I had never before considered that "the sin of the world" might mean anything other than "all the moral vices and crimes of which the people of the world are guilty," so Bruce's fresh perspective is very valuable. I think it's a very defensible reading, especially considering that John says "the sin [singular] of the world" rather than, say, "the sins of the people." A strictly literal translation of the Greek would be something like "the way in which the cosmos misses its mark" -- an apt enough description of "mortality and all its badness."

Taking away mortality and all its badness also sounds like something that Jesus could conceivably do -- a tremendous miracle, but a logically admissible one -- whereas taking away the moral shortcomings of all the people in the world does not. If I am sinful, how could anything anyone else can do, even in principle, change that fact? At best, the punishment of sins could be taken away, which is all that the sacrificial animals of the Old Testament religion were supposed to do.


Which brings us back to John's problematic declaration. Even if we reconceptualize "taking away the sin of the world," we are still stuck with his sacrificial-animal metaphor. In what logically and morally acceptable sense can Jesus be considered the equivalent of a sacrificial victim?

Something I discovered when preparing my notes on John 1 is that male lambs -- the animals indicated by John's Greek -- were never in fact used as sin offerings.
According to the regulations laid out in Leviticus 4 for sin offerings (presumably what is being alluded to), a bullock is offered if a priest or the whole congregation has sinned; a male kid if the ruler has sinned; and a female kid or lamb if a commoner has sinned. In no case is a male lamb offered as a sin offering, and even a female lamb seems to be a sort of second option if a kid is not available. Why then did John choose a lamb? Why did he not call Jesus the Bullock of God (the closest fit for taking away the sins of the world) or the Kid of God?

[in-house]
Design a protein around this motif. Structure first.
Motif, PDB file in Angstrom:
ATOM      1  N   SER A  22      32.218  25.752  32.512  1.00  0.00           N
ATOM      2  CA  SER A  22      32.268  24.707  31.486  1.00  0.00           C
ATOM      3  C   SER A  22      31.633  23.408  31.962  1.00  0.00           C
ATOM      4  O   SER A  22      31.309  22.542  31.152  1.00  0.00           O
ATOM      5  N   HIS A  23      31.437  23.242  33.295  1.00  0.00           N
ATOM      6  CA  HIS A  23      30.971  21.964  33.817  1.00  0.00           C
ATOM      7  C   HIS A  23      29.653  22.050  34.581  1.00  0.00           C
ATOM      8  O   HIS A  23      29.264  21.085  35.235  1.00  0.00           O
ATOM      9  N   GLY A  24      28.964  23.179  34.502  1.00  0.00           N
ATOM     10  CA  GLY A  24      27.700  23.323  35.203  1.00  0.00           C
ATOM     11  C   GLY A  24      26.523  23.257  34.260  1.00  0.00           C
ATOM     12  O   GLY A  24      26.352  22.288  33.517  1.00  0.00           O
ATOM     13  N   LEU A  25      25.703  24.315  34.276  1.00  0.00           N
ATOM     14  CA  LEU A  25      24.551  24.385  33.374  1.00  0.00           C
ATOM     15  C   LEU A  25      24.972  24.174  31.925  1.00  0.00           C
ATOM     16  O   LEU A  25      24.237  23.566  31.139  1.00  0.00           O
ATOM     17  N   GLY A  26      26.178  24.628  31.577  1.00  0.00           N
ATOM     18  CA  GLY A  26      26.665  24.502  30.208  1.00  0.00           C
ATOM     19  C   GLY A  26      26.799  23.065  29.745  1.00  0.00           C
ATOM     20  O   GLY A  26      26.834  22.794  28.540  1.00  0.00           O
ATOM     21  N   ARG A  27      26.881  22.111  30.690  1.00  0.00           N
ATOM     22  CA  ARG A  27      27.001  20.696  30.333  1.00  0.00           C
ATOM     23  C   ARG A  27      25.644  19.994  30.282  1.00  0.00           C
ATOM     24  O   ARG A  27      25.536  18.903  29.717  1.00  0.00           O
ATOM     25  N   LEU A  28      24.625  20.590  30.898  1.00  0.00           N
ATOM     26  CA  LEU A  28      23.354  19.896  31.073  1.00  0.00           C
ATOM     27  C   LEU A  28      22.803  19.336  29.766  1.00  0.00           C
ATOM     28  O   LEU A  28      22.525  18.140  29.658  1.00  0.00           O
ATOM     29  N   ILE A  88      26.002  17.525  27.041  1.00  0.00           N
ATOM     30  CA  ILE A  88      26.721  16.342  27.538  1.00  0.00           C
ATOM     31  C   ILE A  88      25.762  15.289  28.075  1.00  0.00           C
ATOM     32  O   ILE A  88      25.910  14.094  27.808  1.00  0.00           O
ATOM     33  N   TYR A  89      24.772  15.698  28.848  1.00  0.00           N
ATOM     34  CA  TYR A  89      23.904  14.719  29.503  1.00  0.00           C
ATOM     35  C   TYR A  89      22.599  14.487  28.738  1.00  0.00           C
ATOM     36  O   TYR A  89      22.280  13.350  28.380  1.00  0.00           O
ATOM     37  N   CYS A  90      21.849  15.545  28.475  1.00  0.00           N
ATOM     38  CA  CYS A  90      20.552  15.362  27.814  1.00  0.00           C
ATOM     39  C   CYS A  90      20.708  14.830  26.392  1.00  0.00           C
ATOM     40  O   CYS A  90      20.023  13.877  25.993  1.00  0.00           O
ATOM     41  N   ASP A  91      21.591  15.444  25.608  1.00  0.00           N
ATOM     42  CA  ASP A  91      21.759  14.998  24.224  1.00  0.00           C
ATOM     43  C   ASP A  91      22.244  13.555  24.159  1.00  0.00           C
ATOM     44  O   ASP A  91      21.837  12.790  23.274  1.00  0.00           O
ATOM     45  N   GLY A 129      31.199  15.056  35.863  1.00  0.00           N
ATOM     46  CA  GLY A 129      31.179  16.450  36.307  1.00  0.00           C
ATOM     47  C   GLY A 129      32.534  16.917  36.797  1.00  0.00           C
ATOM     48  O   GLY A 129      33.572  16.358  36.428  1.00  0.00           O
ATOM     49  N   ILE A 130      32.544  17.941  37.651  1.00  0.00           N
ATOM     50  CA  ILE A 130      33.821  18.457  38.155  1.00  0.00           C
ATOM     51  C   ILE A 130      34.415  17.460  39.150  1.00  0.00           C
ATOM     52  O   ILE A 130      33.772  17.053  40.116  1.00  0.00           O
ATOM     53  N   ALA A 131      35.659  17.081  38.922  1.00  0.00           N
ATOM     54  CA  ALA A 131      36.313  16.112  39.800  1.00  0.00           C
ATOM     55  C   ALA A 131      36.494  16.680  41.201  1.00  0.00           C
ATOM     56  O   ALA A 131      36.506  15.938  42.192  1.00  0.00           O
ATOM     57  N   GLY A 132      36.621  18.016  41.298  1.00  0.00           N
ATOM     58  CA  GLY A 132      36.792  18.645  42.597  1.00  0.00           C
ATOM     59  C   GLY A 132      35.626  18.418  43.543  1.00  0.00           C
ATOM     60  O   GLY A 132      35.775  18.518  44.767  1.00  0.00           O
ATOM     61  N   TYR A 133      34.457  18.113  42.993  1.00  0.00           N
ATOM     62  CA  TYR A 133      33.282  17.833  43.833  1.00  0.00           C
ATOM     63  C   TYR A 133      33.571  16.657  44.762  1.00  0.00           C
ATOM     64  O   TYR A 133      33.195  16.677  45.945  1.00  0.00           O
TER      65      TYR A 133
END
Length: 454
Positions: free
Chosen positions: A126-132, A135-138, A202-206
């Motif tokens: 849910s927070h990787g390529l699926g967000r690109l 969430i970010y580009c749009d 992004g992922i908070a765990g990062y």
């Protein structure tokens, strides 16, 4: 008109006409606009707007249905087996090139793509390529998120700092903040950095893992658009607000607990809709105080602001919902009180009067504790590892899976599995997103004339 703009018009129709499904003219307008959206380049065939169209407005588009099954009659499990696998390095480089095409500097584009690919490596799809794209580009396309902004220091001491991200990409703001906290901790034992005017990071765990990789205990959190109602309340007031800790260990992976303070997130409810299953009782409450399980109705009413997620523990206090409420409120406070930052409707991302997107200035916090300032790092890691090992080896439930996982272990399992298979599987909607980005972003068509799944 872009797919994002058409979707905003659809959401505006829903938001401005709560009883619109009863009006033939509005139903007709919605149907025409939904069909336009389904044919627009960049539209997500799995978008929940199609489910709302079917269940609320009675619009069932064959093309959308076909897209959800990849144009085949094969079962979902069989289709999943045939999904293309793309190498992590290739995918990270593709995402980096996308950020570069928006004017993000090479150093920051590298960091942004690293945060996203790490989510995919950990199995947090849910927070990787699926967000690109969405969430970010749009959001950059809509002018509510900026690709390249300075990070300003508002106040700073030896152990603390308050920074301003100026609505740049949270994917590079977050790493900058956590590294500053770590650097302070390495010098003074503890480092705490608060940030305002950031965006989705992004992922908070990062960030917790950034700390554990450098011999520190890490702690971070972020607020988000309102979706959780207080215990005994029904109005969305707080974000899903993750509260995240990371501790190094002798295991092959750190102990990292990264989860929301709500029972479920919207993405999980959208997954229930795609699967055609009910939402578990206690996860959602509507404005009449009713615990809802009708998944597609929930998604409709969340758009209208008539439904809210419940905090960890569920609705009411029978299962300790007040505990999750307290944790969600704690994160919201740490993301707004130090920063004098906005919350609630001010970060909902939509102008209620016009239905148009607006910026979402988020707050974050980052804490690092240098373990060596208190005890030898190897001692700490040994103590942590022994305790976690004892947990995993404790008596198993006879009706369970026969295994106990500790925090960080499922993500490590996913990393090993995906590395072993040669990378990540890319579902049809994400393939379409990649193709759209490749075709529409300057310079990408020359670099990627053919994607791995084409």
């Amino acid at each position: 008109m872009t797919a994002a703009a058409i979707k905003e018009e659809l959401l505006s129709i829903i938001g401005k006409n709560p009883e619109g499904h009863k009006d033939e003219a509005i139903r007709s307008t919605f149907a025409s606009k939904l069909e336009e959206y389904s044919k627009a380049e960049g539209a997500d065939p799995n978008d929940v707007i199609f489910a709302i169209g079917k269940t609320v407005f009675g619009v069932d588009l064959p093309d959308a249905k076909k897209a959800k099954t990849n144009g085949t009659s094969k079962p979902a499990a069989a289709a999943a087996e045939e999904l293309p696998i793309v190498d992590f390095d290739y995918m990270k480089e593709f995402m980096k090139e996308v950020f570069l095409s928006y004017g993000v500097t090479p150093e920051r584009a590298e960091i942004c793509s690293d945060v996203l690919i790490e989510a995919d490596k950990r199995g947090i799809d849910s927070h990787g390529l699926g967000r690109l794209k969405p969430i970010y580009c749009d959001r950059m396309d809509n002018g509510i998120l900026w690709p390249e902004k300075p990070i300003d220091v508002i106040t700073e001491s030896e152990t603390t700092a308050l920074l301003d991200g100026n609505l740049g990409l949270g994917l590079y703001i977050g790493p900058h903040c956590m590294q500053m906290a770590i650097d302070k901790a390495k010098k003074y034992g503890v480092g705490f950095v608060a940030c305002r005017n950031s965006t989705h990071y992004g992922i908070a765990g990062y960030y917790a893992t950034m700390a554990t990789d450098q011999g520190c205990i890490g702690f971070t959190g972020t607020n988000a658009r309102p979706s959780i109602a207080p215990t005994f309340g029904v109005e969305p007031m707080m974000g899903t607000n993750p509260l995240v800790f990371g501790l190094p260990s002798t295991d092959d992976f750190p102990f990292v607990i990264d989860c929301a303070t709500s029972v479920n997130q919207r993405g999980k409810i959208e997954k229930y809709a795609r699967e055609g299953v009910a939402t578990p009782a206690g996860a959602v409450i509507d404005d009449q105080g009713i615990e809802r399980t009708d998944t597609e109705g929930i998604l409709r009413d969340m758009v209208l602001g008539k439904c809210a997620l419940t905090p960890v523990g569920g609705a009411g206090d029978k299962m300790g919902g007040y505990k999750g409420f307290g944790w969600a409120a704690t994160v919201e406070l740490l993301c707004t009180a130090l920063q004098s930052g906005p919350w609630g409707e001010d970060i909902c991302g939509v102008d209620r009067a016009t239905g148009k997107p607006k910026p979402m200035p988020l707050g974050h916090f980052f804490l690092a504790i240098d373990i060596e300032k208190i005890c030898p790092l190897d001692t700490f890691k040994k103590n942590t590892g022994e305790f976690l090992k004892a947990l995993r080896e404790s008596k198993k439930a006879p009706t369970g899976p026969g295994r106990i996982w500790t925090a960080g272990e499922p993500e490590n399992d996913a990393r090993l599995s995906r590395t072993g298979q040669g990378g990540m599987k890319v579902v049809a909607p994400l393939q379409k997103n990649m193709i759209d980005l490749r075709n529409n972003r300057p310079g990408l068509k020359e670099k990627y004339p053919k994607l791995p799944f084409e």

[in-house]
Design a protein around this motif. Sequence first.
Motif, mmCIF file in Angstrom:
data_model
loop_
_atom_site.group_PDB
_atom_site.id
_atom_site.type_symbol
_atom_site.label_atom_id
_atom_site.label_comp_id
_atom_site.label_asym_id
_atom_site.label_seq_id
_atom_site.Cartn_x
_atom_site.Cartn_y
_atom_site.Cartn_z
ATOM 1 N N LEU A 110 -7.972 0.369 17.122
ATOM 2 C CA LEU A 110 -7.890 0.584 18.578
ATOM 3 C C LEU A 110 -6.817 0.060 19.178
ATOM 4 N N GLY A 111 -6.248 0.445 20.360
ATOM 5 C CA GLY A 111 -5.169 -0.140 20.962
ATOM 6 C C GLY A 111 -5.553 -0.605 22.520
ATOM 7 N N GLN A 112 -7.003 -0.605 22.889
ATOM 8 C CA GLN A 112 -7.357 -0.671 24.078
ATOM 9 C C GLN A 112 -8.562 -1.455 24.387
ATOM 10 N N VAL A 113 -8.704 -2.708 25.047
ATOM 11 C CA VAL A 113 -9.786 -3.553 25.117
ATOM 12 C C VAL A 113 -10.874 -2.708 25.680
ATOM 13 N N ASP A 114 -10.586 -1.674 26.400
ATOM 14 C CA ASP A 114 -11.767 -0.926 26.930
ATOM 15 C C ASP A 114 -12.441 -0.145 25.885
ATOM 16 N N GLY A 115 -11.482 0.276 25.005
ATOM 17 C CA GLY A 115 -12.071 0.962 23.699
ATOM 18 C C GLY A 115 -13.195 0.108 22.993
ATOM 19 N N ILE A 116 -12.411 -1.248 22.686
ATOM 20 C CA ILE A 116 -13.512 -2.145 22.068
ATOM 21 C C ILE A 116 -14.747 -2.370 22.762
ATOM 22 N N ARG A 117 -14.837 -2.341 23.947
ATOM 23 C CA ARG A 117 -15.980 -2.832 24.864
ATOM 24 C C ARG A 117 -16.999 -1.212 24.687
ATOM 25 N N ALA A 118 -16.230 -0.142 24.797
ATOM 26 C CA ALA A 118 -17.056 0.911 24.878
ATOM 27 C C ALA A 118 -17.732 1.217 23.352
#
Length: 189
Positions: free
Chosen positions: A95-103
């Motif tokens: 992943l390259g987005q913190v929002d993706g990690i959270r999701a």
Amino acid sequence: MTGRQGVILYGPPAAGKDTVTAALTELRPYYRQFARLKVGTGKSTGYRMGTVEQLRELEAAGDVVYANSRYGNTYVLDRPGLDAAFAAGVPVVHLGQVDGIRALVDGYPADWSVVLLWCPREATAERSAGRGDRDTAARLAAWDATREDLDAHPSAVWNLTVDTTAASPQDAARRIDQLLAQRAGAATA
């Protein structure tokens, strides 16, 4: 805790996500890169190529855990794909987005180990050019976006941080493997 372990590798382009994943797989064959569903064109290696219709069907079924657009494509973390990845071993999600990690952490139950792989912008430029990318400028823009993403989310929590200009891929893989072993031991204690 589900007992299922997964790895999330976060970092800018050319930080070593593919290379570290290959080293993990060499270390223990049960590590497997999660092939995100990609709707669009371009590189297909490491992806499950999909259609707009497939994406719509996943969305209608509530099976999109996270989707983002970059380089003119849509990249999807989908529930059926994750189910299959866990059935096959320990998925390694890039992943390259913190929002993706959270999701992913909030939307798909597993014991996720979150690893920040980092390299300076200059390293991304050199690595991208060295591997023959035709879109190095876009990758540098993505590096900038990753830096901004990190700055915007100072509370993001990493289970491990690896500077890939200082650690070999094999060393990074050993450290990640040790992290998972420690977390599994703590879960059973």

In that post I merely raised the question without attempting to answer it. I think now that the answer is that, despite the bit about "taking away the sin of the world," John was not alluding to sin offerings. Instead he was (obviously!) alluding to a different sacrificial ritual -- the one that all the Gospels associate most closely with Jesus' death -- namely, the Passover (Exodus 12). The Passover victim, unlike that for a sin-offering, was a male lamb. And the blood of the Paschal lamb was shed, not to obtain forgiveness for moral misdeeds or for infractions of the Mosaic law, but to cause the destroyer to pass over. The fate of the Egyptians -- "there was not a house where there was not one dead" -- is the fate of everyone in this broken world, but the Passover made it possible to escape that fate -- to be passed over by the destroying angel, and to be delivered from that death-cursed land into a better country. This is a much better metaphor for what Jesus did than are the sin-offerings of Leviticus.